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Unconditional Convergence in Currency Unions: An analysis of European regions from 1991 to 2009

Listed author(s):
  • Matthias Firgo
  • Peter Huber

We analyze unconditional within-country convergence from 1991 to 2009 in 21 European countries. Unlike most previous studies we focus on the heterogeneity of convergence. We find that convergence processes in currency unions are extremely heterogenous, highly discontinuous and strongly concentrated: Only around half of the regions starting with below national average GDP per capita levels in 1991 experienced catching-up over the period analyzed and two thirds of the regions starting with above average GDP per capita converged towards the national average. The average duration of the longest spell of unbroken above average growth for poor converging regions lasted for five years, while the longest below average growth rate spell for these regions lasted for three years. About two thirds of the growth rate differential of the average catching-up region to the national average over the period can be attributed to the year with the strongest growth. In addition, human capital and innovation are the main predictors for the propensity of a region to catch-up. These stylized facts therefore question the focus of the traditional literature on average (beta-)convergence and suggest substantial non-linearities in regional convergence processes and imply that growth strategies based on increasing human capital investments and innovation capacities are the most likely to be successful in triggering convergence in monetary unions.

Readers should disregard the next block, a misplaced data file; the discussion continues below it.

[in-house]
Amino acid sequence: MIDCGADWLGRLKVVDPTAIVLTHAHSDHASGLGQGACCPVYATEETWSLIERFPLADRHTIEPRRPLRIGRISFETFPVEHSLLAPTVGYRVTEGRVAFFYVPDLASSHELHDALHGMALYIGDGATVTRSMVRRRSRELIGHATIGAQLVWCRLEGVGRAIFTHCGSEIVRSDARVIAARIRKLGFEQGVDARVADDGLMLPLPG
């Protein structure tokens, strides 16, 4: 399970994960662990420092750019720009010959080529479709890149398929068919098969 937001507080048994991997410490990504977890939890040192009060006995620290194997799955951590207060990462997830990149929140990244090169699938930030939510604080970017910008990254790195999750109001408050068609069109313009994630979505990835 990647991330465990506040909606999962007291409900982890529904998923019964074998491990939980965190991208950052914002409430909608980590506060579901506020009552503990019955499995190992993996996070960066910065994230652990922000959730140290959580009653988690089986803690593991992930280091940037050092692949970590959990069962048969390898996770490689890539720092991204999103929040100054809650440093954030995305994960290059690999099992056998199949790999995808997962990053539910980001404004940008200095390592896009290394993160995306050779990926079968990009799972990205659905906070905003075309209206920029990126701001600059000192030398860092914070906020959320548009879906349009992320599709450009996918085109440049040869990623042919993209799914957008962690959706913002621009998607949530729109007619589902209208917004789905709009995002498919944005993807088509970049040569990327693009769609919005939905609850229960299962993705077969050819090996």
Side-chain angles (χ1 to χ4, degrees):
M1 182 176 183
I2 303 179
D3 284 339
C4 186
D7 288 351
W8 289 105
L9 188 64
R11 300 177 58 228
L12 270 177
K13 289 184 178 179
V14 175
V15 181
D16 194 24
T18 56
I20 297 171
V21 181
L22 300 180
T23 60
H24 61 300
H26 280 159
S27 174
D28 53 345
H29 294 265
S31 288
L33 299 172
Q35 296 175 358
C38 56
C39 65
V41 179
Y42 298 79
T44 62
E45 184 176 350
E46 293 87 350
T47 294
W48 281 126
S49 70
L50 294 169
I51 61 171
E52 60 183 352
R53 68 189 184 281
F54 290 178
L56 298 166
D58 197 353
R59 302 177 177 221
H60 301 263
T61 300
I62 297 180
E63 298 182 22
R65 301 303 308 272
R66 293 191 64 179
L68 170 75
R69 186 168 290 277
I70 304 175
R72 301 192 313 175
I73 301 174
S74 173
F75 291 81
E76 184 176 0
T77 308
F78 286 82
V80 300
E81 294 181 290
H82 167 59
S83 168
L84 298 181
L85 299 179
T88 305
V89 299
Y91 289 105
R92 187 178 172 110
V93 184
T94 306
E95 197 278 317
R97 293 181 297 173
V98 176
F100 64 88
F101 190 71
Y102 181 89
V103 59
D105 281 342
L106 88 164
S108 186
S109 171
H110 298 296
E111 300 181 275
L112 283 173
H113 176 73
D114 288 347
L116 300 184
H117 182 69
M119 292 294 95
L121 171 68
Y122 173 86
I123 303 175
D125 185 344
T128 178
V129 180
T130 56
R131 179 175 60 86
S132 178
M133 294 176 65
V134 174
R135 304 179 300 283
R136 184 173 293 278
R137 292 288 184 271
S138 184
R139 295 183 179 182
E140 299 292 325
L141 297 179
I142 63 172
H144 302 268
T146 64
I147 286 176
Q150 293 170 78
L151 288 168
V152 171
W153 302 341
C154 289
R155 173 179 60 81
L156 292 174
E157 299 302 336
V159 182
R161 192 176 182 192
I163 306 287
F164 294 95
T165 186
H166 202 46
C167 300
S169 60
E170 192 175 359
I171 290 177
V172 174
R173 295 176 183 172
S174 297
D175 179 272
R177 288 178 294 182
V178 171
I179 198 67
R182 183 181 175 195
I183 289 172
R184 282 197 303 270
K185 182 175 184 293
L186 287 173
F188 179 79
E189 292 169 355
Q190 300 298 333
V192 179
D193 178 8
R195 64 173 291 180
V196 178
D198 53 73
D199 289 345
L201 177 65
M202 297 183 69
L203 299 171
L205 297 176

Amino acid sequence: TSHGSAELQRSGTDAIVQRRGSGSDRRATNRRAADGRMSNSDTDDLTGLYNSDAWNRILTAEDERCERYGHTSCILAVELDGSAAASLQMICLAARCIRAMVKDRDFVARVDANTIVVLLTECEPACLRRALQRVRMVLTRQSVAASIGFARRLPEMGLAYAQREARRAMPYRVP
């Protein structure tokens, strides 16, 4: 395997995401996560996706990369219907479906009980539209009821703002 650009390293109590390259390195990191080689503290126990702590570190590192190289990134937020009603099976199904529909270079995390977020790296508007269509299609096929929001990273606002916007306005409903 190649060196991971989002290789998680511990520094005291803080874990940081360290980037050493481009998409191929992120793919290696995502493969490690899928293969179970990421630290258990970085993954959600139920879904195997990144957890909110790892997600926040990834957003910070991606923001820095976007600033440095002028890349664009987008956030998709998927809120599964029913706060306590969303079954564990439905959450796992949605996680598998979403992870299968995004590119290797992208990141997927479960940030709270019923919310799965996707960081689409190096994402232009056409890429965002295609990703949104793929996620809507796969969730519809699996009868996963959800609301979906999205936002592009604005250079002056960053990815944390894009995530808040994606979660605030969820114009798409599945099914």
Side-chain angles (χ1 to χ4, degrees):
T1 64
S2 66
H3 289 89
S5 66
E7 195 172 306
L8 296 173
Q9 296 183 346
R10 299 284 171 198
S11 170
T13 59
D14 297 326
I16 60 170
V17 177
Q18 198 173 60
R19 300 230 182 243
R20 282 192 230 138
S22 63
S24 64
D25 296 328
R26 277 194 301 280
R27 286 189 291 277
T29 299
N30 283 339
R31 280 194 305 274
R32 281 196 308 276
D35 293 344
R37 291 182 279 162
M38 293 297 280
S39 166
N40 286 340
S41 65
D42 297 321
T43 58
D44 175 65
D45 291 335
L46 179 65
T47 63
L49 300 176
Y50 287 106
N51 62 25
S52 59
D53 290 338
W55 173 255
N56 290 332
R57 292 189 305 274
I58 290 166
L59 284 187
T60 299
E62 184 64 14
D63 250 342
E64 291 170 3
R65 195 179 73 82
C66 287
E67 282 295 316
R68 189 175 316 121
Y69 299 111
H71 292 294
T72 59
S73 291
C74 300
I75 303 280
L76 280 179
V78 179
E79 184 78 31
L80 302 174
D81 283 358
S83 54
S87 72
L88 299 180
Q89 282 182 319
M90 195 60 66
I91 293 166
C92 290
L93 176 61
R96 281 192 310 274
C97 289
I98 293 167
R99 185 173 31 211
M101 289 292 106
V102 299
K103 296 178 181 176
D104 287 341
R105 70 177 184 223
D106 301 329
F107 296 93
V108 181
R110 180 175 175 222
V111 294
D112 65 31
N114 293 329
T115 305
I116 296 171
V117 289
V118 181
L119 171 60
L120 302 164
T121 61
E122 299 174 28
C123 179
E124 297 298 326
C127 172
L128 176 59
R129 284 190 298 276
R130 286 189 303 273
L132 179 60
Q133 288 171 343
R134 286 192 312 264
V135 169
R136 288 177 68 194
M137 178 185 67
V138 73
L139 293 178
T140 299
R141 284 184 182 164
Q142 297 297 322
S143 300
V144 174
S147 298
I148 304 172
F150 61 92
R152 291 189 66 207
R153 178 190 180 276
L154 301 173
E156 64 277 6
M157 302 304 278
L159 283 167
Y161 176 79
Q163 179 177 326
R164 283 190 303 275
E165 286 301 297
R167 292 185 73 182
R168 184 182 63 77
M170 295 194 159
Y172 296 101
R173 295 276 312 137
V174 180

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Paper provided by WWWforEurope in its series WWWforEurope Policy Paper series with number 4.

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Length: 45
Date of creation: Jun 2013
Publication status: published
Handle: RePEc:feu:wfeppr:y:2013:m:6:d:0:i:4
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Order Information: Postal: WWWforEurope Project Office Austrian Institute of Economic Research Arsenal Objekt 20 A-1030 Vienna
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